This is an archived article that was published on sltrib.com in 2010, and information in the article may be outdated. It is provided only for personal research purposes and may not be reprinted.

On the final play of the game, UNLV lined up in field-goal formation. The Utah defense hunkered down.

It was a fake. Rebel kicker Nolan Kohorst dived forward looking for a score, but he found only linebacker Boo Andersen. With that final stop, Andersen capped a strong defensive effort that left the UNLV offense without a touchdown in its 38-10 loss to the Utes.

"We just didn't let them get into the end zone," Utah coach Kyle Whittingham said. "I think they [the defense] executed well."

UNLV's only touchdown of the day came in the third quarter, when it blocked a punt and returned it. The Rebels couldn't get one against the Ute defense, which stopped them from scoring a touchdown in all three of their red-zone attempts Saturday. Twice, they stopped UNLV on fourth down inside Utah's 5-yard line.

"We knew we had to stand up at the end of the game," safety Brian Blechen said. "We didn't want them to score."

Things didn't start auspiciously for Utah. In the first quarter, UNLV quarterback Omar Clayton marched his team down the field on a 79-yard drive in which the Rebels converted four third-down attempts. Utah cornerback Lamar Chapman managed to bat down a pass in the end zone, but Kohorst kicked a field goal to tie the game at 3.

The Utes had studied film but were surprised to see the Rebels switch up their offense in unanticipated ways, Chapman said. But the defense made adjustments and shut out UNLV for the rest of the game.

It started with the run. A week after holding Pitt Heisman candidate Dion Lewis in check, the Utes put the brakes on the Rebels' rushing game, holding them to a paltry 2.4 yard-per-carry average. Linebacker Chaz Walker led the defense with a career-high 16 tackles.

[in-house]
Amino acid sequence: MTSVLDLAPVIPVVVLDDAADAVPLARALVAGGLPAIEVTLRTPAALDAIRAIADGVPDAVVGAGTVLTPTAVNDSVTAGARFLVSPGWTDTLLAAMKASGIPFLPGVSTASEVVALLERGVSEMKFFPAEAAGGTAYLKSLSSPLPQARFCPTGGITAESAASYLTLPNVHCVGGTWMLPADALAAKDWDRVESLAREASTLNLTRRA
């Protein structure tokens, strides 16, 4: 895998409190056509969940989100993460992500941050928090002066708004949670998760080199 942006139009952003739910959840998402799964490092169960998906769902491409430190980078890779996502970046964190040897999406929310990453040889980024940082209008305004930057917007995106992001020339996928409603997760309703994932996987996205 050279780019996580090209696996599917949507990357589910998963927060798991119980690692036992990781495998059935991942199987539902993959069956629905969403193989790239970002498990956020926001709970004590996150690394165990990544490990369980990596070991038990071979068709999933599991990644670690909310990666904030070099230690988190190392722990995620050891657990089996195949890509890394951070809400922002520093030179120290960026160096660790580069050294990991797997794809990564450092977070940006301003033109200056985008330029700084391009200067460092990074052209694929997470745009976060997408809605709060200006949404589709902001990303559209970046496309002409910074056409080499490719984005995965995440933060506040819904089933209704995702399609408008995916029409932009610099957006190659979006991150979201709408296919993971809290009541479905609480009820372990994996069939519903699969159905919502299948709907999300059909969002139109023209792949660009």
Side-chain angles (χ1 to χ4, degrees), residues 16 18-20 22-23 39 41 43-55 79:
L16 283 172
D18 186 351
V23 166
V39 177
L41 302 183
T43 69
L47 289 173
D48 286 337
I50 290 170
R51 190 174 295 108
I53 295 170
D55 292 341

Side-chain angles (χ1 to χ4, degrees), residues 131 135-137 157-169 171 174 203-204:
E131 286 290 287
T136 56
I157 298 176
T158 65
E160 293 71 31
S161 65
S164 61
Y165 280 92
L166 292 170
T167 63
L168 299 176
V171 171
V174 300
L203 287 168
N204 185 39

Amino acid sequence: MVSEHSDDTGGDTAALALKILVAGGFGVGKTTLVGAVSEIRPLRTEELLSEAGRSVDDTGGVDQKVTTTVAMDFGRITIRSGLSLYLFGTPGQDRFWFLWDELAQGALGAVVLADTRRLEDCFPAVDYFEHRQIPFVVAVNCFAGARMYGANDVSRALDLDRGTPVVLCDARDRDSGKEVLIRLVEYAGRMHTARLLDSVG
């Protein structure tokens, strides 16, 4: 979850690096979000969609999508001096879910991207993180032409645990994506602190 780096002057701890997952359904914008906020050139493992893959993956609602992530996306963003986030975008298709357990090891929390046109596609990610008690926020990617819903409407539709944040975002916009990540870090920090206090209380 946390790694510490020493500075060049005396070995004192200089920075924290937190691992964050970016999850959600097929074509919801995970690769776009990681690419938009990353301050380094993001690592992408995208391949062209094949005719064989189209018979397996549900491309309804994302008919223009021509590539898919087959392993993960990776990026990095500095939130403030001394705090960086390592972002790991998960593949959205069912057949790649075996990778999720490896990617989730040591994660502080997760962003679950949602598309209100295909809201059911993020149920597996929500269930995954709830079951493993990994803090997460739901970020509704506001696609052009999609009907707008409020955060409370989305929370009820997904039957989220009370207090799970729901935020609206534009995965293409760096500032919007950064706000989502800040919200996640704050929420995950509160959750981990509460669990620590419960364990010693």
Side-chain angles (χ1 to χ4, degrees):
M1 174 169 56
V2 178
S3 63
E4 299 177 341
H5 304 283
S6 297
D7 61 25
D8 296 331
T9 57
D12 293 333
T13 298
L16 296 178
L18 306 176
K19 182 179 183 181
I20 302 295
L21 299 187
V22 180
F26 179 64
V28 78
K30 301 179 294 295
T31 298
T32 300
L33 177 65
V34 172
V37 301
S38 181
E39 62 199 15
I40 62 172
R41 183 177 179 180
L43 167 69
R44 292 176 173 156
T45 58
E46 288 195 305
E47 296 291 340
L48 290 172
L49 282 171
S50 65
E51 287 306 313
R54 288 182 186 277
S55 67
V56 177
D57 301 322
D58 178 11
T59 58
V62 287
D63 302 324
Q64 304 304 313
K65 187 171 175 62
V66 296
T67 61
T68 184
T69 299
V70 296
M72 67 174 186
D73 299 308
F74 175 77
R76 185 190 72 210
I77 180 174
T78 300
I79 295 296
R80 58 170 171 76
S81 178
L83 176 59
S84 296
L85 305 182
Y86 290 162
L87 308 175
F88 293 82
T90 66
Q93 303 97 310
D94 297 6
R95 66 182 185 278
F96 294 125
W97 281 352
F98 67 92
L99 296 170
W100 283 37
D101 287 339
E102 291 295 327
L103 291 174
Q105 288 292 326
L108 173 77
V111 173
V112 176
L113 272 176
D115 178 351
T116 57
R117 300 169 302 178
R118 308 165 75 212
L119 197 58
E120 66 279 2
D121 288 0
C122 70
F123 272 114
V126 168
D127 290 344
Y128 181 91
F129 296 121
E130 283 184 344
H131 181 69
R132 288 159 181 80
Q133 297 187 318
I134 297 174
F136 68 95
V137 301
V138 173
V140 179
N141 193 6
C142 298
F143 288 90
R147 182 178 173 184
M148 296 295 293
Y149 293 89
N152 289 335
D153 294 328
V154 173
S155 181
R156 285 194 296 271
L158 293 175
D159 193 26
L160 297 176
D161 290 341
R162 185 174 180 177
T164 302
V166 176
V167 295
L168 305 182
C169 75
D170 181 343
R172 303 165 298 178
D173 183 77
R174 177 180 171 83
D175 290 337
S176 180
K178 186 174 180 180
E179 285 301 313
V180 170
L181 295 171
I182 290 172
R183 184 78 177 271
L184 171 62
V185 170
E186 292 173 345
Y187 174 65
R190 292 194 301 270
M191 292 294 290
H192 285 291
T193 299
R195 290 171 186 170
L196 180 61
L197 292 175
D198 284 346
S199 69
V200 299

Utah did surrender 217 yards through the air, but Clayton made completed less than half his attempts. When he did get the ball out, the Utes usually got the tackle quickly. Blechen put one of the game's hardest hits on wideout Mark Barefield, which rattled a ball out of his hands and drew a loud reaction from the crowd.

The freshman's seven-tackle performance earned high praise from Whittingham.

"That guy keeps showing up. He can really lay down the wood," he said. "He reminds me of (San Diego Chargers safety) Eric Weddle. … They both have the same mentality, and they handle themselves with maturity and confidence."

Although the defensive line created some havoc, it had trouble taking Clayton down behind the line. Chapman, out of the secondary, made a solo sack and assisted on another. Also, UNLV's long possessions forced the defense to remain on the field.

Whittingham wasn't satisfied with the pass rush or third-down letdowns.

"We've got to do better," he said. "Those are physical guys, tough guys, but we have to get out of drives faster. We got hurries and scrambles, but we let [Clayton] out of the cage too many times." —

Tale of the tape

• The Utes holds UNLV to a 2.4 yard-per-carry rushing average and didn't allow an offensive touchdown.

• Linebacker Chaz Walker records a career-high 16 tackles, and cornerback Lamar Chapman had 1.5 sacks.

• The team looks to improve its third-down defense: The Rebels convert nine of 20.

comments powered by Disqus